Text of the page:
Obesity increases IL-1B, TNF- alpha, and IL-6 which reduce adipokines such as adiponectin. Excessive inflammation has been recognized as a cause of or contribution to heart attacks, strokes, diabetes, many cancers, metabolic syndrome, Alzheimer’s

disease, asthma, rheumatoid arthritis, systemic lupus erythematosis (SLE), and atherosclerosis.

Other Disease Risks associated with being Overweight/Obese 

  • Sleep apnea
  • Osteoarthritis
  • Gallbladder disease
  • Metabolic syndrome

Longevity is Shortened by being Overweight-Obese

  • Non-smokers who are overweight (but not obese) lose an average of 3 years off their life
  • Obese female non-smokers lose an average of 7.1 years
  • Obese male non-smokers lose an average of 5.8 years
  • The weights associated with the greatest longevity are below average weights of the population, as long as such weights are not associated with illness (NNIH Nutrition Committee and Centers for Disease Control)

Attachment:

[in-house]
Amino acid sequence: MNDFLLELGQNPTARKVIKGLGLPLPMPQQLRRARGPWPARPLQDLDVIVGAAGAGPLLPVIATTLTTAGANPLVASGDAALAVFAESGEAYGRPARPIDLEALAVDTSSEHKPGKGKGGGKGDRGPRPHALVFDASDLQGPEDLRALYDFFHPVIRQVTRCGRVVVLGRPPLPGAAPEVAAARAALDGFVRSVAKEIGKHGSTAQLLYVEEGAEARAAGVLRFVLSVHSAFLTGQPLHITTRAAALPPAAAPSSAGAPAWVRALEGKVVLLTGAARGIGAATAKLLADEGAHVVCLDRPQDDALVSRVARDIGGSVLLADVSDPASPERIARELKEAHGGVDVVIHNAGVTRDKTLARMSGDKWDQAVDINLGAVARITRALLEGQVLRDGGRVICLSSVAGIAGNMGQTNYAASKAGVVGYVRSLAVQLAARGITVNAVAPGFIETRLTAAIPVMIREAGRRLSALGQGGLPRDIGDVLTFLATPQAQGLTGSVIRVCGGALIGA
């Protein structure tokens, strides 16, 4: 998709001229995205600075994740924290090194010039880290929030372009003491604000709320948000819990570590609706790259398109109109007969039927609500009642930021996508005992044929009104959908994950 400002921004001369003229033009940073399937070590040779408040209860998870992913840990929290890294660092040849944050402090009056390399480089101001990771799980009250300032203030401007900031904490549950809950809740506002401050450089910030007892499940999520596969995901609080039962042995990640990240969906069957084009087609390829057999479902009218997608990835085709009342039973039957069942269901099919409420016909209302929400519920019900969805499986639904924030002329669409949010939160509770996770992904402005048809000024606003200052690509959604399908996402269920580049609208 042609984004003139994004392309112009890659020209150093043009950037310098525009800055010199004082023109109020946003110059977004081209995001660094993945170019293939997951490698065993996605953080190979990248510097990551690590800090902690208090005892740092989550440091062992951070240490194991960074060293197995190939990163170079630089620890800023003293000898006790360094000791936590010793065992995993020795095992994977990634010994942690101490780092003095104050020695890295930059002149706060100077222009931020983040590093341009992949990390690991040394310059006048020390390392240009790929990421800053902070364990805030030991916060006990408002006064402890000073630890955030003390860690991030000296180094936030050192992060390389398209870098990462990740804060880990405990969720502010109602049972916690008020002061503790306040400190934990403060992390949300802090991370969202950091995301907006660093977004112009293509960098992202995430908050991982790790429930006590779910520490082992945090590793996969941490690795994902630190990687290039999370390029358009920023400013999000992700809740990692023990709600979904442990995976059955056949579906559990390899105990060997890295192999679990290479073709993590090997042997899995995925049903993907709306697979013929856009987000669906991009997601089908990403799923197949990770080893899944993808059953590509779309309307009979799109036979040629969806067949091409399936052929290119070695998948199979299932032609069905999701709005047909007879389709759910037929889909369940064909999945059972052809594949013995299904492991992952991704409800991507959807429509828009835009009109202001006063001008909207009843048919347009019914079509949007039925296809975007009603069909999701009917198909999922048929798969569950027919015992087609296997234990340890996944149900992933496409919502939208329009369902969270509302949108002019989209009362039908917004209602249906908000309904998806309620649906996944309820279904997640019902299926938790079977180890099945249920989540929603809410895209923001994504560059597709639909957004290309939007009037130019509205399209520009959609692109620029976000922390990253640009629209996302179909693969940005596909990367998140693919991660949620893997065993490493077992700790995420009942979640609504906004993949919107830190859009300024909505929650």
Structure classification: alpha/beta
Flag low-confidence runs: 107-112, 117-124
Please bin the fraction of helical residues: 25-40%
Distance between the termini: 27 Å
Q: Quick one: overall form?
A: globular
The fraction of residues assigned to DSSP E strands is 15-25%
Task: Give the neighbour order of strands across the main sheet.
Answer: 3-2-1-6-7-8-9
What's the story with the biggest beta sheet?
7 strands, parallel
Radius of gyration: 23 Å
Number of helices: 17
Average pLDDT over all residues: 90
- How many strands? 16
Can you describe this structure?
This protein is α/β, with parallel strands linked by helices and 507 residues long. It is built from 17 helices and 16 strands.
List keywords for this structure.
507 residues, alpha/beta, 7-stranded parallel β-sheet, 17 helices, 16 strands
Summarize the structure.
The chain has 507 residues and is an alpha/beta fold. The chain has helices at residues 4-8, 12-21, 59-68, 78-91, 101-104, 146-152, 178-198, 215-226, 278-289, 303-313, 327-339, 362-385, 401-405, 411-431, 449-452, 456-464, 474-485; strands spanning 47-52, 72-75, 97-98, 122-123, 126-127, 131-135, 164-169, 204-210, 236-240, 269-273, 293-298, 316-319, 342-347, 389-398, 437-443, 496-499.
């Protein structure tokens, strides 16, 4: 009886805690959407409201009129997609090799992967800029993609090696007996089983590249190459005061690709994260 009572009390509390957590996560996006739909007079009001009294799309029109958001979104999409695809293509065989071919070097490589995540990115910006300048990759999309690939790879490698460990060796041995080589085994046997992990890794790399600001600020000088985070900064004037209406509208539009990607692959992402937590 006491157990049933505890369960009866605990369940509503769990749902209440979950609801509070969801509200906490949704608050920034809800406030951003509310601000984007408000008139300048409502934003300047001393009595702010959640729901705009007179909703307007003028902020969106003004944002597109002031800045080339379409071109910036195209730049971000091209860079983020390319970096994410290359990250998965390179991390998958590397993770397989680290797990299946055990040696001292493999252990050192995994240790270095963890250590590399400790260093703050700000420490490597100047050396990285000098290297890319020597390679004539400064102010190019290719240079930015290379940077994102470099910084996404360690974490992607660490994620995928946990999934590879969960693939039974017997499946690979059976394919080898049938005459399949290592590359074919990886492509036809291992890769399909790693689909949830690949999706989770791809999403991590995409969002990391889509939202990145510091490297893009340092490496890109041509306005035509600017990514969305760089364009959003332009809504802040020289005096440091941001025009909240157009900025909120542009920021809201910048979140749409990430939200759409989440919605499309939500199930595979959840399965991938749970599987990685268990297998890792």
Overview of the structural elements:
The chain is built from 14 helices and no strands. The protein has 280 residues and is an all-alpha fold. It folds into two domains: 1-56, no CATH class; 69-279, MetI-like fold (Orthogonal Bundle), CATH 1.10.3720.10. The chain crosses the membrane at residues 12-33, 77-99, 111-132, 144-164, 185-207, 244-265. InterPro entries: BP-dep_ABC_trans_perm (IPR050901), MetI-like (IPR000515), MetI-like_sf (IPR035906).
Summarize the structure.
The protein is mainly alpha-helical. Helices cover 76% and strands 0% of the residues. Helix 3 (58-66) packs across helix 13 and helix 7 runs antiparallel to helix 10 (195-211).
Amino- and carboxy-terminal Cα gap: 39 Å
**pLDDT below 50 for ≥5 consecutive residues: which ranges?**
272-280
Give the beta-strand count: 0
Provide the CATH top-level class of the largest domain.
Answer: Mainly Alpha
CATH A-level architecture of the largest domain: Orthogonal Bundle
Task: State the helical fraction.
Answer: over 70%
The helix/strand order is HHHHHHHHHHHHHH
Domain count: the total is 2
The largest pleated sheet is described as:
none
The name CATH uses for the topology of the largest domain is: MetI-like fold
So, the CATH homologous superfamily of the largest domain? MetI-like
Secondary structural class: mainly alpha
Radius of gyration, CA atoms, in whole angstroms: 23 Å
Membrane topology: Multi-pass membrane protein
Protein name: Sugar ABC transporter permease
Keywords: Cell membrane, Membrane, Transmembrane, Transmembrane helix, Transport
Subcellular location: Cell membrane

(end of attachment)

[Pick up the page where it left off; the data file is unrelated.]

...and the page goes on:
Fat in All the Wrong Places 

  • People can make new fat cells at any age
  • Even new fat cells may not be enough to store excess fat
    • It accumulates in liver, muscle, heart, and pancreas
    • Leading to insulin resistance
  • When you diet, you primarily reduce the amount of fat stored in a cell, not the number of cells

Workplace and Obesity 

  • Those who exercise and maintain a healthy body weight take fewer sick days than overweight colleagues
  • Obese workers have more social difficulty in the workplace. translating into decreased productivity

Obesity is Responsible for 

  • 25% of adults have metabolic syndrome
  • 85% of diabetics are classified as type 2 and of those 90% are obese. The risk of developing diabetes increases as BMI increases beginning at a BMI of 22
  • 50-70% of CHD
  • 70% of gallstone attacks
  • 35% of hypertension
  • 11 % of breast cancers
  • 10% of colon cancers
  • Morbidity increases for these conditions as the BMI rises above 20
    • Hypertension
    • Type 2 diabetes
    • Dyslipidemia
    • Coronary heart disease
    • Congestive heart failure
    • Stroke
    • Gallbladder disease
    • Hyperuricemia/gout
    • Osteoarthritis
    • Complications with pregnancy
    • Respiratory problems
    • Cancers of the endometrium, breast, prostate
    • Sleep apnea
    • Infertility/menstrual irregularities
    • Hirsutism
    • Stress incontinence
    • Psychological disorders